The Expert’s Guide To Mowing Your Lawn In Winter
Sing along, everyone: “It’s the moooost wonderful tiiiiime of the year.” That said, with every winter comes a bunch of tricky questions that need answering. Should I wear two pairs of socks today? Do pumpkin-spice lattes actually taste good? Do my kids deserve presents this year? Should I be mowing my lawn in winter? Well, to answer your questions: yes, no, possibly and that depends. So, please read on for the expert’s guide to mowing your lawn in winter…
Of course, while each of these answers probably deserves an explanation, we’re lawn care experts, so we’re going to focus all of our attention on the latter: should you be mowing your lawn in winter. So, without further ado, here’s everything you need to know about cutting your grass during the colder months.
The answer is: “Yes you can” (mow your lawn in Winter)
In fact, the answer is: Absolutely yes. Now this may sound strange because, up until now, you’ve always tucked your mower away for winter and not touched it again until spring, but so long as your grass is growing, mowing it should be a key part of your winter lawn care.
Sure, the days may be short, the nights long and the weather a certified chilly, but grass will continue to grow all year round if weather conditions are right. From the sun shining to the ground temperature sitting above around 5°C, there are certain factors that will encourage your grass to keep growing. That said, there are some rules worth following before you pull on that cord and start pushing your mower — and this is them:
Never mow wet grass:
There are 7 reasons why mowing wet grass is a terrible idea, but at the top of the pile is your safety. Slipping over while pushing a machine that has a spinning blade is one to avoid. But it’s not just about your health, it’s about your lawn’s health too and soggy soil is extremely vulnerable to compaction, especially if your soil is quite clay-like. What’s more, wet grass is harder to cut cleanly, which means your mower will tear your grass blades instead leaving your lawn a) vulnerable to fungal diseases and b) unevenly cut.
Never mow before a frost:
When you mow your lawn, you’re cutting the grass blades and leaving them with an open wound that makes them exposed to certain problems — and frost is up there with the worst of them. Even a light frost can damage freshly cut grass. That’s because when the temperatures plummet towards that dreaded freezing point, your grass will become dormant, stop growing and ultimately be unable to repair itself after you’ve mowed it. As a result, you’ll find some patches of your lawn turn a nasty yellow-brown colour, while some patches of grass might not survive at all. Translation: don’t cut your grass for 48 hours before a frost is due.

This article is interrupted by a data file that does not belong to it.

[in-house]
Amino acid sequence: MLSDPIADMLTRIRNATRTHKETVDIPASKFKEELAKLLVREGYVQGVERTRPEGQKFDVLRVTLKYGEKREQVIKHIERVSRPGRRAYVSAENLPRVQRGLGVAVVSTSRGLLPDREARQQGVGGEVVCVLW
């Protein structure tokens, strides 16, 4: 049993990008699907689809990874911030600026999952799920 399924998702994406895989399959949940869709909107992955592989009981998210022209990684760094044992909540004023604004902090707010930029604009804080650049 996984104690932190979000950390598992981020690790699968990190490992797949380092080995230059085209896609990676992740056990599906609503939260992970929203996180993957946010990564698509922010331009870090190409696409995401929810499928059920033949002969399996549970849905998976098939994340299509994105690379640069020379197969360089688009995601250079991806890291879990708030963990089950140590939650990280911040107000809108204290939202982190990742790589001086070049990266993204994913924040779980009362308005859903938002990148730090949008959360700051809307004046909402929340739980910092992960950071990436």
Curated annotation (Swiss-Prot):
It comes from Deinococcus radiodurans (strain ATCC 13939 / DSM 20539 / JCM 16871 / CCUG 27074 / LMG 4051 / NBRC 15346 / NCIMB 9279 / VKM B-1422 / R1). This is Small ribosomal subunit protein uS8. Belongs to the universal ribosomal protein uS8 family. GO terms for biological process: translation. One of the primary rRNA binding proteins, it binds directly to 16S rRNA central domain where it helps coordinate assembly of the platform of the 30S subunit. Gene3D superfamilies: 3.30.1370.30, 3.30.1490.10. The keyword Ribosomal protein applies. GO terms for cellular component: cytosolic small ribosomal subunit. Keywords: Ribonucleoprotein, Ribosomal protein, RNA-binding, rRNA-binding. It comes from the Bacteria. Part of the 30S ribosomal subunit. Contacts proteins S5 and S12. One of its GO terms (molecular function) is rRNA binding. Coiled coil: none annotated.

Never walk on a frosty lawn:
Your frosty lawn may look more attractive than your High School crush did on prom night, but these frozen grass blades are so brittle that just walking across your lawn will snap or break them. This is all to do with the frozen water molecules inside your grass plants. Should you walk across your frozen lawn, your grass blades will actually break instead of just bending, forcing the now expanded water molecules to burst through the cell walls, causing an untold amount of damage. Of course, grass being grass, it will bounce back eventually, but it might not have fully recovered by the following spring, so try and avoid walking across it during a frost.
Always raise your mower deck:
While your winter mowing sessions will be few and far between, when you do decide “today is the day to cut my lawn” make sure you raise your blade a couple of notches higher than normal so that you don’t scalp your turf. As a general rule of thumb, never cut off more than ⅓ of your grass blades in one session, especially in winter. That’s because the days are shorter and the sun’s rays are weaker, so you want to keep your lawn a little longer to increase that surface area and allow your grass to soak up more of those essential sun rays.
Always clear up your grass cuttings:
As we mentioned above, with less sunshine on offer throughout the winter, it’s essential to give your lawn the best chance at thriving when it can. That’s why you need to grab your leaf blower and clear up all those cuttings. We know it’s an added chore, but by leaving those clippings and cuttings on your lawn, they’ll act as a sun-blocker that prevents your grass from surviving the winter. Not only that, but wet clippings are seriously good at attracting diseases, especially fusarium, so it’s worth the extra half-hour of clearing up after your mow.
Yes. You can absolutely mow your lawn in winter, but only when the grass is growing and a tidy-up is absolutely needed. As for things to avoid, make sure you:
- Don’t mow when it’s wet
- Don’t mow when a frost is due
- Keep off your frozen lawn
- Raise the blades on your mower
- Remove all grass clippings after you’ve mowed
And if you’re still unsure of whether it’s okay to mow your winter lawn or not, feel free to contact Joe’s Lawn Care and ask one of our experts for their advice on winter lawn care techniques.